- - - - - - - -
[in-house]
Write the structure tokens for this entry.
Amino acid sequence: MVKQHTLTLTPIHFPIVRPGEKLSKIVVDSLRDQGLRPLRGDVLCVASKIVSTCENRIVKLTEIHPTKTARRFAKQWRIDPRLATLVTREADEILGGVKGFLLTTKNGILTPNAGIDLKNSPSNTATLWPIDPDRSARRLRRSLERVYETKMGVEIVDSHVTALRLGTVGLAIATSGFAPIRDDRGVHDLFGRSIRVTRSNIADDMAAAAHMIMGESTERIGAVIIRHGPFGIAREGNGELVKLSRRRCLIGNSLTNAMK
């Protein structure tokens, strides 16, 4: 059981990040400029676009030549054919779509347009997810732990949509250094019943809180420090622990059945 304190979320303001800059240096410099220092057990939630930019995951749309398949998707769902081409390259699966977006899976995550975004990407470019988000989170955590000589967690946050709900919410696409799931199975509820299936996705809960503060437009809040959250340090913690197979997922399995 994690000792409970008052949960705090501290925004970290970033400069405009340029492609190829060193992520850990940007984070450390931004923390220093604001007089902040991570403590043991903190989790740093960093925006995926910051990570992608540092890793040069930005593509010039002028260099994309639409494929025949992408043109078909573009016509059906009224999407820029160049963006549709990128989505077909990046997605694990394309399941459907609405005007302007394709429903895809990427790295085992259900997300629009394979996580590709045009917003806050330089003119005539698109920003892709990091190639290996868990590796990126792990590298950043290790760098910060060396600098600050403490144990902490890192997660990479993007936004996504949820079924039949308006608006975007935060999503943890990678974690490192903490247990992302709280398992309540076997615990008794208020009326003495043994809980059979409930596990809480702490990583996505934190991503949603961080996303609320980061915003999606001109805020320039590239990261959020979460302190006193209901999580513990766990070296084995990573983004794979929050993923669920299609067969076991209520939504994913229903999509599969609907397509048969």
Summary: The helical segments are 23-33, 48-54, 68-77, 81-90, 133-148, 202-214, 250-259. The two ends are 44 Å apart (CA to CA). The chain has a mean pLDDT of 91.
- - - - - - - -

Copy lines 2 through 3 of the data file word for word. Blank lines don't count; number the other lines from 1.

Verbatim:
Write the structure tokens for this entry.
Amino acid sequence: MVKQHTLTLTPIHFPIVRPGEKLSKIVVDSLRDQGLRPLRGDVLCVASKIVSTCENRIVKLTEIHPTKTARRFAKQWRIDPRLATLVTREADEILGGVKGFLLTTKNGILTPNAGIDLKNSPSNTATLWPIDPDRSARRLRRSLERVYETKMGVEIVDSHVTALRLGTVGLAIATSGFAPIRDDRGVHDLFGRSIRVTRSNIADDMAAAAHMIMGESTERIGAVIIRHGPFGIAREGNGELVKLSRRRCLIGNSLTNAMK